Wednesday, 23 October 2013

Interpersonal Communication


I have noticed, in the last few years, the increasing number of scenes in movies and television that take place in the men's washroom. When did men standing at a urinal become the new thing? Somehow it just seemed wrong; two men having a conversation standing side by side having a leak.

Wrong, in my female opinion, and yet this trend has given the female viewing audience a glimpse into forbidden territory...that unknown territory that is the men's room.

Years ago, when the television show Ally McBeal introduced the concept of a unisex workplace bathroom, all the rules seemed to change, on television at least. On that show, about a group of young, city lawyers, the unisex bathroom became... almost an extension of the coffee room. They pushed all the boundaries of personal space and privacy; nothing seemed to be off limits in their bathroom. Work affairs, both professional and personal were openly discussed, and experienced in this environment.

Bedroom activity, on screen, was once referred to obliquely but never seen and is now openly referred to and viewed. Going to the bathroom has taken on new importance, but not in the bodily function 'go to the bathroom' kind of way.

Through the last few years there has been a repetition, in television and movies, of particular bathroom scenes, men mistakenly going into the female bathroom, angry women chasing men into the men's room to continue their argument, and most frequently of all, men having conversation in the bathroom.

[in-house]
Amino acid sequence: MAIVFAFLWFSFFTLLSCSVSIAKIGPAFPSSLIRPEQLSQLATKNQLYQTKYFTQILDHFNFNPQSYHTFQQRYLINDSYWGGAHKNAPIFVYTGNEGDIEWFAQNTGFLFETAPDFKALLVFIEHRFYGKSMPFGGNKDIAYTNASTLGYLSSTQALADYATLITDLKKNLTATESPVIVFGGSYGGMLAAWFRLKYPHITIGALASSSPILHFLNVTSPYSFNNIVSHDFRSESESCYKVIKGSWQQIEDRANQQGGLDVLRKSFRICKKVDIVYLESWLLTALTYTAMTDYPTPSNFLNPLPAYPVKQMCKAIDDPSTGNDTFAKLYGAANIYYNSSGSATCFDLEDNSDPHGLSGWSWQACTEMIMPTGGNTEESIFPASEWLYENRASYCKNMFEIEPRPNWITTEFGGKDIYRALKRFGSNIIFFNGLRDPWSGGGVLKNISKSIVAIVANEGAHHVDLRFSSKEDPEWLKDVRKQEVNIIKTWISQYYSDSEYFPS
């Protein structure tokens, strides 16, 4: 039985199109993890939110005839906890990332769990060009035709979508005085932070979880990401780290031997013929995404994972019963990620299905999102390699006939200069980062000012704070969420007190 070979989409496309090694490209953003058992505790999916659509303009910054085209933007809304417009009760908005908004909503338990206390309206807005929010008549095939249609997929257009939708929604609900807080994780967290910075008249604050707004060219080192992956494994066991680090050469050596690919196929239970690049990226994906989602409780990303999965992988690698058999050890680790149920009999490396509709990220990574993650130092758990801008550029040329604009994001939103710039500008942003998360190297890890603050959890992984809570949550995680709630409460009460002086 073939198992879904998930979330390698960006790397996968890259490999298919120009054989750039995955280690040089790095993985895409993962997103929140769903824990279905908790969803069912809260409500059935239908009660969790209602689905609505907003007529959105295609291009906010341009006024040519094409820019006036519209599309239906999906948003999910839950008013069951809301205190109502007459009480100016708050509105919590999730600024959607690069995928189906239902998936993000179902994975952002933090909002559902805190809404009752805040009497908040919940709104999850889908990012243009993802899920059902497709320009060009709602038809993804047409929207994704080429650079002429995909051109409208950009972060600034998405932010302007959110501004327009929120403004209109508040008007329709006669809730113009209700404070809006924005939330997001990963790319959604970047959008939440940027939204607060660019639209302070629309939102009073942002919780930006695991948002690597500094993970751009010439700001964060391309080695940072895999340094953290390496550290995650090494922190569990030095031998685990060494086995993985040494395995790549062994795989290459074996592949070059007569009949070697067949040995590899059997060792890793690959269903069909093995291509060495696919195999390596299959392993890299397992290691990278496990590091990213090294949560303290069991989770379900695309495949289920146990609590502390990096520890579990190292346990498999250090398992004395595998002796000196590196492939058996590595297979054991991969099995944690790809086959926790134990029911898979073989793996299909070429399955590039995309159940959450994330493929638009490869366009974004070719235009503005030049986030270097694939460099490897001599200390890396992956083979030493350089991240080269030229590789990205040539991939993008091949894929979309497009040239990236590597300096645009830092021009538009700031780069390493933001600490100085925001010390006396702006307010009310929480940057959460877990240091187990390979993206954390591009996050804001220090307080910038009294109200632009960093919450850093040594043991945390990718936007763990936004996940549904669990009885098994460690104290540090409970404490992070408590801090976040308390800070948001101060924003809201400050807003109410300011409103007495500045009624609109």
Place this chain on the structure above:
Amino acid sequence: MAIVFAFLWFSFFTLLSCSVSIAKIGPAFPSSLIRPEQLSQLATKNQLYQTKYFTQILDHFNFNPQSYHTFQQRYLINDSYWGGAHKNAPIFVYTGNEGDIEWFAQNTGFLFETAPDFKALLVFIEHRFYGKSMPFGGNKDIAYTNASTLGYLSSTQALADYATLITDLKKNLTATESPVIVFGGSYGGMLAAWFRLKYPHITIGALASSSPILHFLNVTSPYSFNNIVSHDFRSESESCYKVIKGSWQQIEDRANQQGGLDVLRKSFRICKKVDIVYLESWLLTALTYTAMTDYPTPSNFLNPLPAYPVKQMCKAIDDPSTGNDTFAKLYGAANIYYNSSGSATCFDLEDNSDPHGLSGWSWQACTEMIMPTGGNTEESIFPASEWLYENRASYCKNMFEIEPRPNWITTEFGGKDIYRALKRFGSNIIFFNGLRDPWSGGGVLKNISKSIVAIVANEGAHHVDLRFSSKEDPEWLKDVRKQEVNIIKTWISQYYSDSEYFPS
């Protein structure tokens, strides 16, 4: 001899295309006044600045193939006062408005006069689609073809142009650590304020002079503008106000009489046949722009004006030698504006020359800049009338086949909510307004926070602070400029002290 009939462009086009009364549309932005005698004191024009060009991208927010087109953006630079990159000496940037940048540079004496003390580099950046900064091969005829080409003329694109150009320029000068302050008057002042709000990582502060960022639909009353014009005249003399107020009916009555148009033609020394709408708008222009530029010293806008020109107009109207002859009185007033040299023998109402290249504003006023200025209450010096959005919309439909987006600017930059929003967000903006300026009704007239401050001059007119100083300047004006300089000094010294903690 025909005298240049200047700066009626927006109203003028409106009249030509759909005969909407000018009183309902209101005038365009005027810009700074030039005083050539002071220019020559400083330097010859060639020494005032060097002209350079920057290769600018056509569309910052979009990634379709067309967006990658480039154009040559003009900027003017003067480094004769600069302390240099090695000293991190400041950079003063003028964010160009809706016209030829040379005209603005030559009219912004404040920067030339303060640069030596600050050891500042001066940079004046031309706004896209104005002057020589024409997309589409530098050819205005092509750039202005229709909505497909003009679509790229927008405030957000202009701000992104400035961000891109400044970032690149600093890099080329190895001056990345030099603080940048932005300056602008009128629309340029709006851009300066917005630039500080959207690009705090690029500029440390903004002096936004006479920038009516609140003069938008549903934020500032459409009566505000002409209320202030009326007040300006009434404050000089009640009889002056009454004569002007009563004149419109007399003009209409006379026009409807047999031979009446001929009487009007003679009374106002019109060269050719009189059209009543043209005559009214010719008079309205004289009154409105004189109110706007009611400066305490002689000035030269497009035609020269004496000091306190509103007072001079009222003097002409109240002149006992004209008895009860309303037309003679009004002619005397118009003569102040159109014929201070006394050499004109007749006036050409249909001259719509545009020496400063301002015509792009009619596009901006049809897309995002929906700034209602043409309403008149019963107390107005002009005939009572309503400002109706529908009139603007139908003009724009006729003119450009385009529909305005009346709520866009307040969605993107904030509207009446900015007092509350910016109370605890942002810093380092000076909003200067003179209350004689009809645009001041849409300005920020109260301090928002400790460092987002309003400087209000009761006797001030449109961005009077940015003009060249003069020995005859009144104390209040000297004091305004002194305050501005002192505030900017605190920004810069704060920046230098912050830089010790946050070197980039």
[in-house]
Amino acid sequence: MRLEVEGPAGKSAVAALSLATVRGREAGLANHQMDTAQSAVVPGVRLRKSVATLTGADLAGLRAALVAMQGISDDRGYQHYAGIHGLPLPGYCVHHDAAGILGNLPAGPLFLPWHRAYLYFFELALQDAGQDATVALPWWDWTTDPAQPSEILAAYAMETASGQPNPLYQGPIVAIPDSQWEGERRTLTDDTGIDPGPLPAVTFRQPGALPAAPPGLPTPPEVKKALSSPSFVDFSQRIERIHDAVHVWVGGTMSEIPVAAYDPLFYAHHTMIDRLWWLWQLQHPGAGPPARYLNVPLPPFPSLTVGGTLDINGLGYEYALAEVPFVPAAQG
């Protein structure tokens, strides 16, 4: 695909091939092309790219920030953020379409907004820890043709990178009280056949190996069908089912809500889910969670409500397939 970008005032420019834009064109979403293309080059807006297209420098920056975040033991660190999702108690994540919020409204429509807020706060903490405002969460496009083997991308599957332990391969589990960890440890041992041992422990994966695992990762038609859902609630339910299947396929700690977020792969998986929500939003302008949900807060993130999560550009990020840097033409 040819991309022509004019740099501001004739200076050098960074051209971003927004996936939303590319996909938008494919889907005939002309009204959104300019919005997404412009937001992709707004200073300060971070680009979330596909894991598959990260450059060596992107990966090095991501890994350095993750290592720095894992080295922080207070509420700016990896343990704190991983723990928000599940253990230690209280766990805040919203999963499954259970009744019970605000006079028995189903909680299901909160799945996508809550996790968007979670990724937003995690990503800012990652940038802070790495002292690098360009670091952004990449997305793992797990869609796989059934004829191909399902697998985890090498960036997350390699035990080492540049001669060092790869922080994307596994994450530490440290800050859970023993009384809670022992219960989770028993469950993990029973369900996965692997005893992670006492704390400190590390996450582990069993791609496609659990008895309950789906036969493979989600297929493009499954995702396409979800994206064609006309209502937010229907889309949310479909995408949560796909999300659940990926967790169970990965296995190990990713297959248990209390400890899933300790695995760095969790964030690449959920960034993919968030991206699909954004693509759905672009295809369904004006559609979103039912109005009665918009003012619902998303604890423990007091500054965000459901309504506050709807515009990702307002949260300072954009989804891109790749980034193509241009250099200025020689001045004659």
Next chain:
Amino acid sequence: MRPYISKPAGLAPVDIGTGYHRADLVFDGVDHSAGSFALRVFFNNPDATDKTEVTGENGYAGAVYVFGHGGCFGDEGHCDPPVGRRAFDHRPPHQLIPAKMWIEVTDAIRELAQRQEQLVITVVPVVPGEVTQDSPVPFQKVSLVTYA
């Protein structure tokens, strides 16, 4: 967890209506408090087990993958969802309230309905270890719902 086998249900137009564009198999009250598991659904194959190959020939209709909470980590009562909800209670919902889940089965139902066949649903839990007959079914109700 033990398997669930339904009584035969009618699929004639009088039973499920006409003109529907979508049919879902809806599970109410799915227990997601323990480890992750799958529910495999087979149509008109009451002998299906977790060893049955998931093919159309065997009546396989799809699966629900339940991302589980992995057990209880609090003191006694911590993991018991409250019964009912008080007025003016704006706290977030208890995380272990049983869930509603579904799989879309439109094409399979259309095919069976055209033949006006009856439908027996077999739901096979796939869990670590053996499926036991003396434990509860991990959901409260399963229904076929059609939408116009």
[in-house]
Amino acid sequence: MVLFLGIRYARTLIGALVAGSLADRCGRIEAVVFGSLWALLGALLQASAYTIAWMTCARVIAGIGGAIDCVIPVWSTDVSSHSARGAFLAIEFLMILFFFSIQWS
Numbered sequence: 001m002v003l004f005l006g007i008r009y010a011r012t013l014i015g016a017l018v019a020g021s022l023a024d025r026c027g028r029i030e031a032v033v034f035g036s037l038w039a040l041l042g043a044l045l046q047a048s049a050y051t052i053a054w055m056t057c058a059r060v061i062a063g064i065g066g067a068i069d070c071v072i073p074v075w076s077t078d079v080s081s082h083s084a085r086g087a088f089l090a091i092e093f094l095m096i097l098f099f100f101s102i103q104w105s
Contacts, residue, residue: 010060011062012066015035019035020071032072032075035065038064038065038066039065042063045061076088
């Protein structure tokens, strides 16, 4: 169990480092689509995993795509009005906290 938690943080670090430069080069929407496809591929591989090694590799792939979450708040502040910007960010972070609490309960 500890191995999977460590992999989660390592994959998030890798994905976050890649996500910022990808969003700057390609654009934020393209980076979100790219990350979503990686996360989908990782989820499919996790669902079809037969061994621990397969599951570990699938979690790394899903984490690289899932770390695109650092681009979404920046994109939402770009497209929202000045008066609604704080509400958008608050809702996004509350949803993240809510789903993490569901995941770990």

Does a scene with two male characters talking, while standing at a urinal, add something to the plot? Does it tell the viewer something about these characters, about their relationship? They break all the rules of bathroom etiquette when they stand, side by side, talking face to face. Is this supposed to be an indicator of the depth and trust in their relationship? I don't know, I just know it feels contrived, like the scene was included just for the risqué factor.

Now, the increase in scenes with men fresh from the shower, wrapped in a towel, we know that’s for the risqué factor.

Speaking of going to the bathroom, with all this openness in television and movies today; there is talk, or overt references, about sex, going to the bathroom, or the time of the month, topics once considered the 'unmentionable'.

Maybe this shift has brought about a corresponding shift in interpersonal communications. I have just realized how often people discuss the status quo of their bodily functions in general conversation. A friend recently said to me, “I've been too busy to poop.” I could relate to what she was saying and knew the underlying message. She was busy, had no time for anything but the essentials and especially had no time for herself and, more importantly, no time to take care of herself.

I have also noticed how obsessed older folk can get with their aches and pains and their bodily functions. Perhaps it's due to the fact they have more, or constant pain, have to get up frequently in the night to pee, and feel 'off' if constipated.

When I was younger general conversation might have been about who got laid the night before, or who wasn't getting any. With women at work; the talk eventually gets around to sex.

I take back what I said before...I know why older folk are into bodily functions. You talk about what's familiar, right?



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